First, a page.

A model of trophic flows in the northern Benguela upwelling system during the 1980s
AbstractA model of trophic flows through the northern Benguela between 1980 and 1989 was constructed using the ECOPATH approach. The model serves to close the temporal gap between models of the system for the 1970s
and 1990s. The aim is to provide a workable model, with the intention of encouraging scientists working on different components of the ecosystem to collaborate to improve and update the model for more recent years.
Ultimately, this type of model may form a basis for multispecies management approaches in the region. By the 1980s, sardine Sardinops sagax and hake Merluccius spp. stocks in the northern Benguela had both undergone a decline, yet were still heavily fished. Horse mackerel Trachurus trachurus capensis had increased over the previous
decade and was the dominant pelagic species during the 1980s, with high catches. Production by some groups, such as goby Sufflogobius bibarbatus, mesopelagic fish and demersal fish, was insufficient to sustain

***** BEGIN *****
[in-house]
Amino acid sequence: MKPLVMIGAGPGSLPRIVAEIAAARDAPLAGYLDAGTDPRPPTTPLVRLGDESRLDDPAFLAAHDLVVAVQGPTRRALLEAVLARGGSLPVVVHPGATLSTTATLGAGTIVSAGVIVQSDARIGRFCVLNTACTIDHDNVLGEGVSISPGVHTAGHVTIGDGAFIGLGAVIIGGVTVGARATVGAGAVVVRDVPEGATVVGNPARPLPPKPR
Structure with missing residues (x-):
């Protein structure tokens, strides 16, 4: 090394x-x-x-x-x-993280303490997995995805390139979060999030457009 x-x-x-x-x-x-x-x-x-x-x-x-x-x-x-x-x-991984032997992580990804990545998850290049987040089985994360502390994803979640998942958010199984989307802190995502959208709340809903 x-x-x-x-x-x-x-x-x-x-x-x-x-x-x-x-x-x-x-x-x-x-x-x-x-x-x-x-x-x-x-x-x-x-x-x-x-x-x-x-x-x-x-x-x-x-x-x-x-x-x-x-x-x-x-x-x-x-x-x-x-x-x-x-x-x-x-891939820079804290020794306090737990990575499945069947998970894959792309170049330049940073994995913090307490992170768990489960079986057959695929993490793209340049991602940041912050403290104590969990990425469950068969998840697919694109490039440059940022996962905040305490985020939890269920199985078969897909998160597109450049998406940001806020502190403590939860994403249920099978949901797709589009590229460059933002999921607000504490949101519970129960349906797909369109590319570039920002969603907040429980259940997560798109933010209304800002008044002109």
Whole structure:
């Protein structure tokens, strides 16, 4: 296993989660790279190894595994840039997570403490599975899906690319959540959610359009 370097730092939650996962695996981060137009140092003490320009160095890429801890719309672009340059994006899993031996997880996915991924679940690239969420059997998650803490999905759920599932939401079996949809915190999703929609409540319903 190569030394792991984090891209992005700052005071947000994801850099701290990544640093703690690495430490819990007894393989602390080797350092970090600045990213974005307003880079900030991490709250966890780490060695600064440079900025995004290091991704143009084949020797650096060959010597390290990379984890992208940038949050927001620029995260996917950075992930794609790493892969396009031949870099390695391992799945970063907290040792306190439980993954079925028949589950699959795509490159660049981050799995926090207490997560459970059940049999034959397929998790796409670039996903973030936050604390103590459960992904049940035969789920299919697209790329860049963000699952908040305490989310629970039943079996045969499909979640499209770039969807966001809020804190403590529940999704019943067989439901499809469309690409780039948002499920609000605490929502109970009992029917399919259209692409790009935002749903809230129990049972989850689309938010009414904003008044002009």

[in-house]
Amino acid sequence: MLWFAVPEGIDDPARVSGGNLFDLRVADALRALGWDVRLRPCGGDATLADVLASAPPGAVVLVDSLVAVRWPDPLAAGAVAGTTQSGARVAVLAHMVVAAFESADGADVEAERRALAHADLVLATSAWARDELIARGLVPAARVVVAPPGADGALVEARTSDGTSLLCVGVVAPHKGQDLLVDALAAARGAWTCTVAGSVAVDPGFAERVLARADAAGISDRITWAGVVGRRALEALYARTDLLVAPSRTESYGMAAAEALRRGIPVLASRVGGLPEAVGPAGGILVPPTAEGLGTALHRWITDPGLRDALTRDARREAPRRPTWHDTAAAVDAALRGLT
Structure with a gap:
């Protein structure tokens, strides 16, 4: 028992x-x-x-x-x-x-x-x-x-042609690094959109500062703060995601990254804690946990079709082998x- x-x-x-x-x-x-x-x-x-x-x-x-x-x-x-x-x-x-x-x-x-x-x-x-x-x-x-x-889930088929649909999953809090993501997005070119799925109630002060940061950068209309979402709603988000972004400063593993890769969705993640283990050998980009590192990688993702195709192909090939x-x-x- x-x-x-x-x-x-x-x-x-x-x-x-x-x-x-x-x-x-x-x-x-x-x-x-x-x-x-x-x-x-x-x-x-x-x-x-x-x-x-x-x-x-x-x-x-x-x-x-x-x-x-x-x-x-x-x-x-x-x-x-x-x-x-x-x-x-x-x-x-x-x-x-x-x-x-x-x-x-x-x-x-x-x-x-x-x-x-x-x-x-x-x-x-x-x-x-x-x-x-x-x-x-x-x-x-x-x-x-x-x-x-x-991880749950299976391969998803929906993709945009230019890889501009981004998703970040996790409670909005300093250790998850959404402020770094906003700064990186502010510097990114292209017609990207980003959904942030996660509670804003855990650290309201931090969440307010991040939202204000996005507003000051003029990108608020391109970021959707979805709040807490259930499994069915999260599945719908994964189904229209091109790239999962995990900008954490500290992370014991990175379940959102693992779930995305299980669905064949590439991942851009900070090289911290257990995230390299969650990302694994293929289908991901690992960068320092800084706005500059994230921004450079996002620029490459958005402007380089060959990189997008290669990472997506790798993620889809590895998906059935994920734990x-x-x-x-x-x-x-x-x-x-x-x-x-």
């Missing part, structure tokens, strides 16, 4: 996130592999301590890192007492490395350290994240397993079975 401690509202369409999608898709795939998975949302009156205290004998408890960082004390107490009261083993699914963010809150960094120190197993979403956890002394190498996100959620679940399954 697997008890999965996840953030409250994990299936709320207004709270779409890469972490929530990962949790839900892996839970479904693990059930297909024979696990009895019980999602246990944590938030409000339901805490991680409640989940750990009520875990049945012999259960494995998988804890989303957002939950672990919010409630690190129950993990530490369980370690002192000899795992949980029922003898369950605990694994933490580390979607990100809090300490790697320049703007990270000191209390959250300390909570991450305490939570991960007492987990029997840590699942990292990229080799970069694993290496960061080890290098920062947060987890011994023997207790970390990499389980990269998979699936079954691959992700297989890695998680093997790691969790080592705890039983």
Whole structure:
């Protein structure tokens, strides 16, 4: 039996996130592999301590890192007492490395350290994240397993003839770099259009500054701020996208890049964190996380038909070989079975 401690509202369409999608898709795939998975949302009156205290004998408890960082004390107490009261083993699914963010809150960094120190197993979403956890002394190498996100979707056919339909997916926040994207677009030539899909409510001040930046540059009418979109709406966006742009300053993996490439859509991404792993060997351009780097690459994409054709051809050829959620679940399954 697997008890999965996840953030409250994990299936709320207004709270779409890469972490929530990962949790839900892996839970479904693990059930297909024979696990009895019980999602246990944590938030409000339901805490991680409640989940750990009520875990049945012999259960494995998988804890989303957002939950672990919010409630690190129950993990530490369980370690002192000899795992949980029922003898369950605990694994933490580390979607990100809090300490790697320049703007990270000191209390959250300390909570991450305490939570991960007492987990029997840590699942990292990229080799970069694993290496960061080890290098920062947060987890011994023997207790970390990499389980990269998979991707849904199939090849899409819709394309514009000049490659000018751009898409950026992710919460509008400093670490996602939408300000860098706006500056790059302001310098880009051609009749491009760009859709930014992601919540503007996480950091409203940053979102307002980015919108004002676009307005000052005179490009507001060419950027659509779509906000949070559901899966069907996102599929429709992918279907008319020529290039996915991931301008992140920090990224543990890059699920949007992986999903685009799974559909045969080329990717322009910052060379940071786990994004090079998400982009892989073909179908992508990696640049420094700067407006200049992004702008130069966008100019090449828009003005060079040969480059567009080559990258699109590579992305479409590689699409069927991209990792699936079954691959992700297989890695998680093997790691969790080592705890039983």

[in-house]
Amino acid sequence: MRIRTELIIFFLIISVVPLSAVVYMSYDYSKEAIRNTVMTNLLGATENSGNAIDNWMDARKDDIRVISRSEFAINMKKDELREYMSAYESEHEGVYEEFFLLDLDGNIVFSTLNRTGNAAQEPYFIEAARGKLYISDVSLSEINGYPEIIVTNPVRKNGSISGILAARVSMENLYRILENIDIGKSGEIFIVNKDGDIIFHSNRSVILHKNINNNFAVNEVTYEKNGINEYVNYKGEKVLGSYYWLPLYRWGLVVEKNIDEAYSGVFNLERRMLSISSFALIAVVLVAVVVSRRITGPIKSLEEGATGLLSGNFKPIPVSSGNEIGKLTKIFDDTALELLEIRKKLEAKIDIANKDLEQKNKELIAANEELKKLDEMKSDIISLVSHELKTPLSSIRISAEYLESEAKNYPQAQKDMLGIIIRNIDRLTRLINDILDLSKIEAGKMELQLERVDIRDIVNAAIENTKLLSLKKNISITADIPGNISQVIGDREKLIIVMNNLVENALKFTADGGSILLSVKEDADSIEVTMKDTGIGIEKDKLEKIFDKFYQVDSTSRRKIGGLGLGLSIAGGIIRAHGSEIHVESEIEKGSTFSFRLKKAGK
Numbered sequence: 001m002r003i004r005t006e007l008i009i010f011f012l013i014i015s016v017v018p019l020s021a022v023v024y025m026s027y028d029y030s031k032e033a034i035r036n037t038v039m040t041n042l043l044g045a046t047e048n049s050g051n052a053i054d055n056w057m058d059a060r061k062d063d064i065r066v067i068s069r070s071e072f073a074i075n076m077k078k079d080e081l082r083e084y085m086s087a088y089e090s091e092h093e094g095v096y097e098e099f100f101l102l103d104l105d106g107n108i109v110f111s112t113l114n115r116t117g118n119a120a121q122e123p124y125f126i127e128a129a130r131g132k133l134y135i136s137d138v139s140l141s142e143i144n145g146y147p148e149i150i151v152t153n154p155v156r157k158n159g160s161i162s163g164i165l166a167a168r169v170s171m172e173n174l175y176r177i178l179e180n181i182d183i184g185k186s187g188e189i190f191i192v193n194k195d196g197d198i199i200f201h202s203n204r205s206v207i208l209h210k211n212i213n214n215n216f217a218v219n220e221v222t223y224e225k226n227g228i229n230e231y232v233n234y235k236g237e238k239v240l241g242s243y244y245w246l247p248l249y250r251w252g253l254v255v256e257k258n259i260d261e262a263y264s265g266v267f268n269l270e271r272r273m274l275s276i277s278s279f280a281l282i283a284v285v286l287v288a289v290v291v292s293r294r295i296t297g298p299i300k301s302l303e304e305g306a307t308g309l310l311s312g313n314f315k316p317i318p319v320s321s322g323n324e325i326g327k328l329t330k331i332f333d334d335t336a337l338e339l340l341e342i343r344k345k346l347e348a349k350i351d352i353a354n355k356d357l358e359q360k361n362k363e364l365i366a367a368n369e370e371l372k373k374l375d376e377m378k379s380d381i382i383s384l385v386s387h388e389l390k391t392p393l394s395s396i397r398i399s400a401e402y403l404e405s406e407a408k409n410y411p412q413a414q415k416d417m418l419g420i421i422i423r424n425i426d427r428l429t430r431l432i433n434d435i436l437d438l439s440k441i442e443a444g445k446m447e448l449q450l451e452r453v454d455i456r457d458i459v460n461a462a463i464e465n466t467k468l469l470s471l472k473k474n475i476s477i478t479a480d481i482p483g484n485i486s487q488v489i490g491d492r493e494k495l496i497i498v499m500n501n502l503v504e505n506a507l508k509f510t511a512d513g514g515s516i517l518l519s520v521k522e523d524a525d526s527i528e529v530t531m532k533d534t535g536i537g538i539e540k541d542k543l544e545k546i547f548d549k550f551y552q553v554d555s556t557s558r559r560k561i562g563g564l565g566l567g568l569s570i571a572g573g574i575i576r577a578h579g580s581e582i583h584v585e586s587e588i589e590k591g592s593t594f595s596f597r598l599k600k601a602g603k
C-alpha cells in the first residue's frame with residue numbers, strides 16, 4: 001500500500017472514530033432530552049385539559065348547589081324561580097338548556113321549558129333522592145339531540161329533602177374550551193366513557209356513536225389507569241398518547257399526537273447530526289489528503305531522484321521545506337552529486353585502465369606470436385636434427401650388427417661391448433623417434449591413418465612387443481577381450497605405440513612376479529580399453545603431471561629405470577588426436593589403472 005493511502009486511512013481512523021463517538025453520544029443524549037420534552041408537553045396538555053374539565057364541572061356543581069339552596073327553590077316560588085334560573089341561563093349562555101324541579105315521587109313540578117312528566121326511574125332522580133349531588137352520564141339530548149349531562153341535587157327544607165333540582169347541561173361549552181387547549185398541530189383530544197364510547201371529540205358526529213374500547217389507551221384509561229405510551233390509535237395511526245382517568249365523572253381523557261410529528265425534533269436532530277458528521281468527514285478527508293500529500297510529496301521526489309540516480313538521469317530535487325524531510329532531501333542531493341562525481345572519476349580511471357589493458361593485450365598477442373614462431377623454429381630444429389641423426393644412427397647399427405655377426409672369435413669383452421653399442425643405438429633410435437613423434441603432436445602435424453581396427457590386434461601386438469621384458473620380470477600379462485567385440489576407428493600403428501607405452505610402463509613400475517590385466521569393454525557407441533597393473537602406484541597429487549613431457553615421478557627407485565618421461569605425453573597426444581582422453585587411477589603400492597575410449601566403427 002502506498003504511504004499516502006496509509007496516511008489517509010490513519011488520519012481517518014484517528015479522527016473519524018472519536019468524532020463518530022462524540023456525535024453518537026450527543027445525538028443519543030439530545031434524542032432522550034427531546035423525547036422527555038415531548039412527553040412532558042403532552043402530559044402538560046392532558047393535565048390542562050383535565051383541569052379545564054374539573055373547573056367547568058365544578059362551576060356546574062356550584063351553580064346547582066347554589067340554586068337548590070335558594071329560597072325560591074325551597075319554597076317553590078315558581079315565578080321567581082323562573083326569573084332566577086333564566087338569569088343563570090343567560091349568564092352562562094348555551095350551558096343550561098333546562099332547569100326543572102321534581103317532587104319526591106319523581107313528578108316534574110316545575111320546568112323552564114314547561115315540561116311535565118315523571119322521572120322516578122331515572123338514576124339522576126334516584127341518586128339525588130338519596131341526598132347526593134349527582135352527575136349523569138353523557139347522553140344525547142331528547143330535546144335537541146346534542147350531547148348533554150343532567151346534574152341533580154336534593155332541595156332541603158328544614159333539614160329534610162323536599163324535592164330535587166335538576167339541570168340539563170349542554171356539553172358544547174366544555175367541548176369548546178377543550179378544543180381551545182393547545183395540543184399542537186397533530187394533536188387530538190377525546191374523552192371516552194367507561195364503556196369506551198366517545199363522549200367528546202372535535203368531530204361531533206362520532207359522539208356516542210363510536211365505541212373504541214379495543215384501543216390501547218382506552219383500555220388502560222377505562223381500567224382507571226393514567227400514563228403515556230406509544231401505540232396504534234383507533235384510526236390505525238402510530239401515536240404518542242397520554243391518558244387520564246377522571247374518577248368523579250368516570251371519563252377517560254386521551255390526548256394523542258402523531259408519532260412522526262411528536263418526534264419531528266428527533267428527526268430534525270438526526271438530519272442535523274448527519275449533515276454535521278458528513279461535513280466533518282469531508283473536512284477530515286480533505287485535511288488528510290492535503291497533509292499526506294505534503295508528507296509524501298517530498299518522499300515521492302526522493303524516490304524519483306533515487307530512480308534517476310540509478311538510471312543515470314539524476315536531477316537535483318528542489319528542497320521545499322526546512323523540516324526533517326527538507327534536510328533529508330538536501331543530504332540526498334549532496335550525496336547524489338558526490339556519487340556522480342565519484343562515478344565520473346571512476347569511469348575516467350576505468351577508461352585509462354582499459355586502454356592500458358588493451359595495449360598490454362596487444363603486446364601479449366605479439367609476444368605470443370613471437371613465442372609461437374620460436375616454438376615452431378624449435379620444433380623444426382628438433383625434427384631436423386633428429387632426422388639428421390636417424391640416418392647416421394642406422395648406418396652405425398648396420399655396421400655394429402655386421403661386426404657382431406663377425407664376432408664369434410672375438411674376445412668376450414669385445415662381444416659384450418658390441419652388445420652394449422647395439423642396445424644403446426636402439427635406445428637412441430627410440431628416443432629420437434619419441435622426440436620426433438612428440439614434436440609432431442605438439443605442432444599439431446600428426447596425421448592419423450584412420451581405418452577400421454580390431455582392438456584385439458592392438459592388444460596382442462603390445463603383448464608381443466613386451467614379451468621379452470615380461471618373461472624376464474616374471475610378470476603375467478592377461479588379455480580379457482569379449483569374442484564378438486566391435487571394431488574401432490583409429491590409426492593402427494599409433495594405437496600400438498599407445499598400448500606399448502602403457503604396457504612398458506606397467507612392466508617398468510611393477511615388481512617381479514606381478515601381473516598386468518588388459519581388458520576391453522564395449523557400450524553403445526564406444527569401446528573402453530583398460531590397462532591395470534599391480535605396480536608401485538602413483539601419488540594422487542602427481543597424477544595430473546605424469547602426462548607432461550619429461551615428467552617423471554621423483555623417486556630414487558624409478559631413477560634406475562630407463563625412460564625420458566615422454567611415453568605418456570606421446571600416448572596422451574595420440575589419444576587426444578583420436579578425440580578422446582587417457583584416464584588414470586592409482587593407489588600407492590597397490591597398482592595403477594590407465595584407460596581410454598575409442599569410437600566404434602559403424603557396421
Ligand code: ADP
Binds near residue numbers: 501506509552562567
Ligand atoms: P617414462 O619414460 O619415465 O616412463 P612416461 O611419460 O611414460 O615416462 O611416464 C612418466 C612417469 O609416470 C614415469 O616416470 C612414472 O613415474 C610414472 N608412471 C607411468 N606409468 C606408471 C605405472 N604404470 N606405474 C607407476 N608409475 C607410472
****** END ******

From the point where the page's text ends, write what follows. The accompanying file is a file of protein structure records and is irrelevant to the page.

other components of the system. In all, 1.5 million tons of goby, 1.7 million tons of mesopelagic fish and 0.7 million tons of demersal fish (excluding hake) were required to support predators in the northern Benguela. Total biomass in the northern Benguela during the 1980s was high, comparable to that of the Peruvian system in the 1960s and almost double that of the northern Benguela during the 1970s. Horse mackerel and hake catches were both high, with fishing on hake being ecologically more expensive. Biomass of benthic producers, meioand macrobenthos were a quarter of the total biomass of these groups in the southern Benguela. The sensitivity of the model to parameter estimates is highlighted. Uncertainty about some of the parameters, thought to have
major influences on the functioning of the model, is explored.